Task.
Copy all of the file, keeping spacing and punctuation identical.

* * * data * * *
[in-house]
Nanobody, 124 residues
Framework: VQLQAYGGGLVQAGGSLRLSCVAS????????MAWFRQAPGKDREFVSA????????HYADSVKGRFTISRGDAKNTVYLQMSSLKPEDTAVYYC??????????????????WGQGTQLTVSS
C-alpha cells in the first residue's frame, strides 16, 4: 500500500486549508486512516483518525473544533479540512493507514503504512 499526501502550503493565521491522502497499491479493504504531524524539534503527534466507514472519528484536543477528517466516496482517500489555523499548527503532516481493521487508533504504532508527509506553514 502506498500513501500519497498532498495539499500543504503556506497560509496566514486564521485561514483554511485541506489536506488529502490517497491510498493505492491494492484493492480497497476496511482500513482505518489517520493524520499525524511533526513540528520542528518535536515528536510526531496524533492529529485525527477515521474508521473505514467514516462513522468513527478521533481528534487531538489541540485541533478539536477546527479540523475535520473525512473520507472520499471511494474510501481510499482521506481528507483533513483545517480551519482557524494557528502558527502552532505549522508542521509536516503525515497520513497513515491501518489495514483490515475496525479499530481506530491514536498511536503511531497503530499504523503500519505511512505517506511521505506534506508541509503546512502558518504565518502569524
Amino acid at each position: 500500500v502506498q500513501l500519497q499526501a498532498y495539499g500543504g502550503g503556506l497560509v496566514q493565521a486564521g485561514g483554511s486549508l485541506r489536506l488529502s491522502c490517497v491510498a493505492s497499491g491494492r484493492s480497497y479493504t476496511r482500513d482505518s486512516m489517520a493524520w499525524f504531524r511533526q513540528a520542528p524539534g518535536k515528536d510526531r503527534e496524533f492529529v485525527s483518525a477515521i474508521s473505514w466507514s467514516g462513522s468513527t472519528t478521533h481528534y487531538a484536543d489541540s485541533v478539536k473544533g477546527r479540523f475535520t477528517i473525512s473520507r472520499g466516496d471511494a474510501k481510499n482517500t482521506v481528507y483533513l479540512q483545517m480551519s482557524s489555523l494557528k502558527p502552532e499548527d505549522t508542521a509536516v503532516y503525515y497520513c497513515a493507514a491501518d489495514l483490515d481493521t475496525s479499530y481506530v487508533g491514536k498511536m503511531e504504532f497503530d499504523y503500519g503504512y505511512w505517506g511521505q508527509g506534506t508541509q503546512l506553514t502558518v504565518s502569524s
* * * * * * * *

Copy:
[in-house]
Nanobody, 124 residues
Framework: VQLQAYGGGLVQAGGSLRLSCVAS????????MAWFRQAPGKDREFVSA????????HYADSVKGRFTISRGDAKNTVYLQMSSLKPEDTAVYYC??????????????????WGQGTQLTVSS
C-alpha cells in the first residue's frame, strides 16, 4: 500500500486549508486512516483518525473544533479540512493507514503504512 499526501502550503493565521491522502497499491479493504504531524524539534503527534466507514472519528484536543477528517466516496482517500489555523499548527503532516481493521487508533504504532508527509506553514 502506498500513501500519497498532498495539499500543504503556506497560509496566514486564521485561514483554511485541506489536506488529502490517497491510498493505492491494492484493492480497497476496511482500513482505518489517520493524520499525524511533526513540528520542528518535536515528536510526531496524533492529529485525527477515521474508521473505514467514516462513522468513527478521533481528534487531538489541540485541533478539536477546527479540523475535520473525512473520507472520499471511494474510501481510499482521506481528507483533513483545517480551519482557524494557528502558527502552532505549522508542521509536516503525515497520513497513515491501518489495514483490515475496525479499530481506530491514536498511536503511531497503530499504523503500519505511512505517506511521505506534506508541509503546512502558518504565518502569524
Amino acid at each position: 500500500v502506498q500513501l500519497q499526501a498532498y495539499g500543504g502550503g503556506l497560509v496566514q493565521a486564521g485561514g483554511s486549508l485541506r489536506l488529502s491522502c490517497v491510498a493505492s497499491g491494492r484493492s480497497y479493504t476496511r482500513d482505518s486512516m489517520a493524520w499525524f504531524r511533526q513540528a520542528p524539534g518535536k515528536d510526531r503527534e496524533f492529529v485525527s483518525a477515521i474508521s473505514w466507514s467514516g462513522s468513527t472519528t478521533h481528534y487531538a484536543d489541540s485541533v478539536k473544533g477546527r479540523f475535520t477528517i473525512s473520507r472520499g466516496d471511494a474510501k481510499n482517500t482521506v481528507y483533513l479540512q483545517m480551519s482557524s489555523l494557528k502558527p502552532e499548527d505549522t508542521a509536516v503532516y503525515y497520513c497513515a493507514a491501518d489495514l483490515d481493521t475496525s479499530y481506530v487508533g491514536k498511536m503511531e504504532f497503530d499504523y503500519g503504512y505511512w505517506g511521505q508527509g506534506t508541509q503546512l506553514t502558518v504565518s502569524s